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Abbreviations and Glossary

This glossary provides definitions of many of the key terms used in this course.

Abbreviations and Glossary

Disability adjusted life-year (DALY) – a single metric of overall disease burden combining years of life lost (YLLs) due to mortality and years lived with disability (YLDs). One DALY can be thought of as 1 year of healthy life lost.

Evidence-based interventions – practices or programmes that have peer-reviewed, documented empirical evidence of effectiveness.

Global Burden of Disease (GBD) report – comprehensive effort to measure epidemiological levels and trends worldwide.

Horizon scanning – a technique for detecting early signs of potentially important developments through a systematic examination of potential threats and opportunities.

Inflammatory conditions – generic term used to cover a range of disorders that relate to inflamed joints, muscles, and tissues that connect or support organs and other internal body parts.

Life course (approach) – a perspective that views health as the product of risk behaviours, protective factors, and environmental agents encountered throughout our entire lives and that have cumulative, additive, and even multiplicative, impacts on specific outcomes.

Making Every Contact Count (MECC) – an approach to behaviour change that uses the day-to-day interactions that organisations and people have with other people to support them in making positive changes to their physical and mental health and wellbeing.

Multi-morbidity – a person living with 2 or more long-term chronic conditions. Musculoskeletal (MSK) conditions – a broad range of health conditions affecting bones, joints and muscles, pain syndromes and rarer conditions of the immune system.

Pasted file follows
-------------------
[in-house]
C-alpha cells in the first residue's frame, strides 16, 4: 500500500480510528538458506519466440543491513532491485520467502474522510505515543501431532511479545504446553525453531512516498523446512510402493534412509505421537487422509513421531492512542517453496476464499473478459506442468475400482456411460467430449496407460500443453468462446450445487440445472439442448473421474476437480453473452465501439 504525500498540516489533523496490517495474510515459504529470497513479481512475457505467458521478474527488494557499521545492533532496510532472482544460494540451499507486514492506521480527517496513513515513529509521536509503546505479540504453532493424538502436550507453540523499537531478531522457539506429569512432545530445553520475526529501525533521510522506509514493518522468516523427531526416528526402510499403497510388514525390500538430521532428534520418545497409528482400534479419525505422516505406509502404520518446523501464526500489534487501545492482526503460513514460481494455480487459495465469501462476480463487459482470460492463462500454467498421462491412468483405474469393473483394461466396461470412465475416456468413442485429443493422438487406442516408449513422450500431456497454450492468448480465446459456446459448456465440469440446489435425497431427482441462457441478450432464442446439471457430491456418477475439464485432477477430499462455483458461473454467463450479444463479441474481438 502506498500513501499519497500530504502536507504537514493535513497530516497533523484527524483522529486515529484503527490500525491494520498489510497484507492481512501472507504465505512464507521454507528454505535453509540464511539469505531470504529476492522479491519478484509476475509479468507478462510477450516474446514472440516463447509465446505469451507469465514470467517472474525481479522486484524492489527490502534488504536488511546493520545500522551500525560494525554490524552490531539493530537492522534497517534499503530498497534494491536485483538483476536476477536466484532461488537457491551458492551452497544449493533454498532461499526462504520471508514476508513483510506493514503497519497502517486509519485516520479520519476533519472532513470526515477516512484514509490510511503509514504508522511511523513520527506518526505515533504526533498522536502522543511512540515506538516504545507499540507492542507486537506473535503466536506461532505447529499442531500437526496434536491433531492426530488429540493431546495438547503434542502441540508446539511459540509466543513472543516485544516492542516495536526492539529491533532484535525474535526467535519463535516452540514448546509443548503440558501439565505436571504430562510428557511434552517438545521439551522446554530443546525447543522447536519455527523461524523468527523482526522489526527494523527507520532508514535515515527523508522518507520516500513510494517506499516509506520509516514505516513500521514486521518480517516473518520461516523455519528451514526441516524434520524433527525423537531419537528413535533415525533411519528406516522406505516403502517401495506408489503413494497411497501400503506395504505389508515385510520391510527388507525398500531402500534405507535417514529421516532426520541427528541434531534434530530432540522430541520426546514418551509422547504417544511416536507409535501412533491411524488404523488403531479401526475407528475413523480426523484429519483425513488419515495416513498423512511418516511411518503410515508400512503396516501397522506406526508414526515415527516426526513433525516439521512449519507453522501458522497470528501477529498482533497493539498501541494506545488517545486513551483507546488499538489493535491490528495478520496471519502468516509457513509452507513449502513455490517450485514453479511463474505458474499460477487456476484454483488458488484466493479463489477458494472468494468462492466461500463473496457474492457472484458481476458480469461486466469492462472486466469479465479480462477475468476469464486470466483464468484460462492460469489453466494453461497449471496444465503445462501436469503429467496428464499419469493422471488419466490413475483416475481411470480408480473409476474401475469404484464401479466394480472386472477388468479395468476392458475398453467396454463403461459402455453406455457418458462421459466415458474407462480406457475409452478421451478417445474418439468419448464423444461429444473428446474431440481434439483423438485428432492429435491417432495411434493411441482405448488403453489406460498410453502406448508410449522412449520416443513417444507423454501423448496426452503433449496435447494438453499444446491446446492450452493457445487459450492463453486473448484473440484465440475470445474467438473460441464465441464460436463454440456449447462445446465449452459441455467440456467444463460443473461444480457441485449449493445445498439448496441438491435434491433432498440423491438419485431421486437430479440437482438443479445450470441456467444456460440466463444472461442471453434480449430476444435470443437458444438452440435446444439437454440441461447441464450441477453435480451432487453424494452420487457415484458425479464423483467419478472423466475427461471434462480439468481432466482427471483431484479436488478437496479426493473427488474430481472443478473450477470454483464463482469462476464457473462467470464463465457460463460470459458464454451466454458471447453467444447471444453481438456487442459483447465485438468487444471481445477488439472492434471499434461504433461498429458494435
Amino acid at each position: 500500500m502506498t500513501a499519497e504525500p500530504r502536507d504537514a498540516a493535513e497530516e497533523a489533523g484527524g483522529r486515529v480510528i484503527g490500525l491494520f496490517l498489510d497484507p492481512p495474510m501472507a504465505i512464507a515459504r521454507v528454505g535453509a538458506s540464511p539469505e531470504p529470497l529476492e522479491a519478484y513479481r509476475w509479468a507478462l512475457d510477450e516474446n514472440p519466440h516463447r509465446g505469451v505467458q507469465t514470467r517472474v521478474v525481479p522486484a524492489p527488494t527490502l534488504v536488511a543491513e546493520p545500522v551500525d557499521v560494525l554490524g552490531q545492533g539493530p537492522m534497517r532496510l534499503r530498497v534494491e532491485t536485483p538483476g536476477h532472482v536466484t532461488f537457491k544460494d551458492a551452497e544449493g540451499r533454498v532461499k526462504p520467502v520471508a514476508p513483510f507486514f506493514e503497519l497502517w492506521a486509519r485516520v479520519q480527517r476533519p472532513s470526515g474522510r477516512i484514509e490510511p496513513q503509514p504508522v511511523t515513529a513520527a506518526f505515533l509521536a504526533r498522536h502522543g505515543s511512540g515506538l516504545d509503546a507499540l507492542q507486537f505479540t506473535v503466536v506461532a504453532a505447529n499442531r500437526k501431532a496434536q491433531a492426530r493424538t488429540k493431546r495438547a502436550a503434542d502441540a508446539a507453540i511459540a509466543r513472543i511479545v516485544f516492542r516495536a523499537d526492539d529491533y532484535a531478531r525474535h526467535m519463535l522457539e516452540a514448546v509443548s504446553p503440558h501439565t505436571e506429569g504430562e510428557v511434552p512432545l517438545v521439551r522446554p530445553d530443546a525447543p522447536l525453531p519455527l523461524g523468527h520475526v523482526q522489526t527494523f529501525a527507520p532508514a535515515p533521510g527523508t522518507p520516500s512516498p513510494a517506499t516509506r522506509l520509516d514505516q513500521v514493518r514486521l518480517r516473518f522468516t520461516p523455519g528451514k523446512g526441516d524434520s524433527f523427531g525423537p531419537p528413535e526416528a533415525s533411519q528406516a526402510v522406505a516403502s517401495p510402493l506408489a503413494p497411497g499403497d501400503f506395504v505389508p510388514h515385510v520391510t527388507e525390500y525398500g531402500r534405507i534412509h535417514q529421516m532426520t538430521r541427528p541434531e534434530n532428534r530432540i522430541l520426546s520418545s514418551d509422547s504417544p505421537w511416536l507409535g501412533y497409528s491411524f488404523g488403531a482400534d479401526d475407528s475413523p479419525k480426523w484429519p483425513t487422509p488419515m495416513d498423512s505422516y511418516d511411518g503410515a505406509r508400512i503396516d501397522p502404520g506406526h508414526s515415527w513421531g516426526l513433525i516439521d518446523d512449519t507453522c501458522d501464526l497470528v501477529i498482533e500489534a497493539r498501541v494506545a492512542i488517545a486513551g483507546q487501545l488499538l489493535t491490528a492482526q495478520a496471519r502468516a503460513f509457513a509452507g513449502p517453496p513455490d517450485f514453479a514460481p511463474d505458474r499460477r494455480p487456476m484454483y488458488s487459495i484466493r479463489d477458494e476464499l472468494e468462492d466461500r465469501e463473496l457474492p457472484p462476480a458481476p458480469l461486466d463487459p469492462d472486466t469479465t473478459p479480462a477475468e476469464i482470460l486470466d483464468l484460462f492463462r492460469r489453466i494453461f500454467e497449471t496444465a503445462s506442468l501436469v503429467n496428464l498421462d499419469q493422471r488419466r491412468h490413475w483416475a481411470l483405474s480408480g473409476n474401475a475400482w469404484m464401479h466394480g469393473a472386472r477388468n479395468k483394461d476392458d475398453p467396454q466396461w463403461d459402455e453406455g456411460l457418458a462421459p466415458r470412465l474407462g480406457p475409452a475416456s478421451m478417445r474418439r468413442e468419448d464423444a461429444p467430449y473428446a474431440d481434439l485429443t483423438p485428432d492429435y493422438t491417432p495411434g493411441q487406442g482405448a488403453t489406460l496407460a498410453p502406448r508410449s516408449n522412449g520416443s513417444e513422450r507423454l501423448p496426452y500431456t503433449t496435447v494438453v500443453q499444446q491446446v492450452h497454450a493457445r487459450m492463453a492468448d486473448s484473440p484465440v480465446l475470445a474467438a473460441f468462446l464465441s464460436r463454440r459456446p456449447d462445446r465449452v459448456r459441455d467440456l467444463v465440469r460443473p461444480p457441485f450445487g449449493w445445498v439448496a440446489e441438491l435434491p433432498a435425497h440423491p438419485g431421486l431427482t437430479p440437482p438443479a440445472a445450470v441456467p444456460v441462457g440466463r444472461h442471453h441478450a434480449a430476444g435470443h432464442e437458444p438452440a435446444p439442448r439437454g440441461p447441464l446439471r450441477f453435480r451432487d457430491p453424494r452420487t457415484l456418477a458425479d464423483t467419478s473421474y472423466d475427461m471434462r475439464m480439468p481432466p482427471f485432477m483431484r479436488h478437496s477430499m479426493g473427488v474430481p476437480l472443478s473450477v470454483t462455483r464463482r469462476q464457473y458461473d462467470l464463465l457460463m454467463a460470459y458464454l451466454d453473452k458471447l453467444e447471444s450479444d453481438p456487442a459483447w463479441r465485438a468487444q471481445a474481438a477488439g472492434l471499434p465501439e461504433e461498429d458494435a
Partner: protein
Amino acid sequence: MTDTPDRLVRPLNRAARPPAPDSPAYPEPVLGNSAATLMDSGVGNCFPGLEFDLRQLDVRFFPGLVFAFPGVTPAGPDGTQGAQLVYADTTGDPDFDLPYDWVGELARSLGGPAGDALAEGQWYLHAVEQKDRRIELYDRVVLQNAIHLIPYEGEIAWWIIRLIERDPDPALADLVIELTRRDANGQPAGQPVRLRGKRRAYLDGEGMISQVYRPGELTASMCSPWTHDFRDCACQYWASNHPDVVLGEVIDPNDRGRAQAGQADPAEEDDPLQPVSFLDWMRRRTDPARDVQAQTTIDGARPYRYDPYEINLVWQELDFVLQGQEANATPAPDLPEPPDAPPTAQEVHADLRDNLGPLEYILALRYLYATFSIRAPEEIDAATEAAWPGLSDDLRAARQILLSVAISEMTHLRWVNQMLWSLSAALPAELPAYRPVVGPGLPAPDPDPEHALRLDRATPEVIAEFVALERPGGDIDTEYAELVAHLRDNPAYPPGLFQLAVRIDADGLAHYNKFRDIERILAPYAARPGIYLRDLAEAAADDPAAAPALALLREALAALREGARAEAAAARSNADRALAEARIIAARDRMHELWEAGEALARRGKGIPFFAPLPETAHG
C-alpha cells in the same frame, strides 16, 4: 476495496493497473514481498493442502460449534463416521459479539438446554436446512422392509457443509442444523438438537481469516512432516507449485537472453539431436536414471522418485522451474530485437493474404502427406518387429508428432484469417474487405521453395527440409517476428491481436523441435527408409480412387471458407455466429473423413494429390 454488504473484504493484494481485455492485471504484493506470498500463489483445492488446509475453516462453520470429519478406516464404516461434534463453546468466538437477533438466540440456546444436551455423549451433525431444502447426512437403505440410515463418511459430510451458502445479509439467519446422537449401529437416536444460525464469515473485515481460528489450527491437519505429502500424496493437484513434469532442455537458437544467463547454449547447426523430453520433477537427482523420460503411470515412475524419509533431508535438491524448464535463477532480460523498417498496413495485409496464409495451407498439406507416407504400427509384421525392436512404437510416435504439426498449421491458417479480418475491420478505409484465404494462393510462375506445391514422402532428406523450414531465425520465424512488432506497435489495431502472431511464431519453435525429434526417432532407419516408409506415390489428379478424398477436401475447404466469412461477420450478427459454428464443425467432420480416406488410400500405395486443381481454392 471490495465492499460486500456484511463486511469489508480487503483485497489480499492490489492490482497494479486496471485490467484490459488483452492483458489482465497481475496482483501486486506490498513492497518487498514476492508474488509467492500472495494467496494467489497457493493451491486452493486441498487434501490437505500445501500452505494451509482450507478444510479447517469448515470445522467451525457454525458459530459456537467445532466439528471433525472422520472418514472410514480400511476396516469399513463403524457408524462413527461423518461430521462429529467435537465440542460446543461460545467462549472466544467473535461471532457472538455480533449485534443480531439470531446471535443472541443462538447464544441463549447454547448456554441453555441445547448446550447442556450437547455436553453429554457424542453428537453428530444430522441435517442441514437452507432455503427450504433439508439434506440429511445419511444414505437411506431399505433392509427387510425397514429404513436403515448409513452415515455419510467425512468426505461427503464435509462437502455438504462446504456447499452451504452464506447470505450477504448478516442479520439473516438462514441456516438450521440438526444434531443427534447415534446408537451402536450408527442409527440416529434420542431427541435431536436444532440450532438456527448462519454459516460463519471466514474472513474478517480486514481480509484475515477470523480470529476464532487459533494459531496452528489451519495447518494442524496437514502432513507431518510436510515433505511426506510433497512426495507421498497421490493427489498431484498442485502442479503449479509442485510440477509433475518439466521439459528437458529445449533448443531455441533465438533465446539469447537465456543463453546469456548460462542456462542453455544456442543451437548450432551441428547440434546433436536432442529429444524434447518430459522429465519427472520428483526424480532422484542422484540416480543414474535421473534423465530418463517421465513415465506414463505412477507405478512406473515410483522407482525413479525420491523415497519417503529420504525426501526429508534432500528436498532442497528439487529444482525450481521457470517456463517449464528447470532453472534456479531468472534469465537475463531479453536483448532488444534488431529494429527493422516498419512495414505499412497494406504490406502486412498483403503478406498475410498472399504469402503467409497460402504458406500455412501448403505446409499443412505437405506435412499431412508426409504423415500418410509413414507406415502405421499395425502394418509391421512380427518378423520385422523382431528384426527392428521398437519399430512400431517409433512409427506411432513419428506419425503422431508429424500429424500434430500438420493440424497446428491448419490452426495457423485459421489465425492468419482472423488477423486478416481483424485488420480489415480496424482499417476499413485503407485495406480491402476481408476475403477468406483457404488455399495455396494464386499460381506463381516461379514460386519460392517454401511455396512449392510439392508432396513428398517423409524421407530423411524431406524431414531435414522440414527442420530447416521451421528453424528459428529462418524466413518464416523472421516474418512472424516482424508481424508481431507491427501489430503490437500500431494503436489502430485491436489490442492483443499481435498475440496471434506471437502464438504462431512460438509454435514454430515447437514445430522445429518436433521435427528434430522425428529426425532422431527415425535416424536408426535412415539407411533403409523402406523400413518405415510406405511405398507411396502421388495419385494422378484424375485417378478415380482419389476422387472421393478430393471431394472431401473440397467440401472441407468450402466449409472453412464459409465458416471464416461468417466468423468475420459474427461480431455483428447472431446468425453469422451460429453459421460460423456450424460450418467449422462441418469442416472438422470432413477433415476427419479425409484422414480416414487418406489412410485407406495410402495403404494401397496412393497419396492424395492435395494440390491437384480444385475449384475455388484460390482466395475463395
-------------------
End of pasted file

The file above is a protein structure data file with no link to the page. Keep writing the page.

Multiple long-term health conditions (MLTCs) – long-term conditions, or chronic diseases, are conditions for which there is currently no cure, and which are managed with drugs and other treatment. The number of people living with several of these conditions is increasing in absolute terms.

Non-communicable disease (NCD) – diseases that tend to be of long duration and are the result of a combination of genetic, physiological, environmental and behavioural factors.

Primary prevention – activities designed to reduce the instances of an illness in a population and thus to reduce (as far as possible) the risk of new cases appearing, and to reduce their duration.

Productive Healthy Ageing – Public Health England’s programme to promote healthier lives amongst older people, to reduce inequalities, and to promote meaning, purpose, and a sense of belonging for people as they age.

Quality-adjusted life year (QALY) – a measure of the improvement in both life expectancy and quality of life achieved by an intervention. It is a measure that is used in to capture the benefit of interventions across all health conditions so that the interventions for different conditions can be compared. One QALY is equal to 1 year of life in perfect health.

Secondary prevention – activities aimed at detecting and treating pre-symptomatic disease.

Tertiary prevention – activities aimed at reducing the incidence or recurrences of chronic incapacity, and thus to reduce the functional consequences of an illness, including therapy, rehabilitation techniques or interventions designed to help the patient to return to educational, family, professional, social and cultural life.

Theory of change – explains how activities are understood to produce a series of results that contribute to achieving the final intended impacts.

Work days lost – the number of work days lost due to sickness for all people in employment aged over 16 years.

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Musculoskeletal Health: A Public Health Approach

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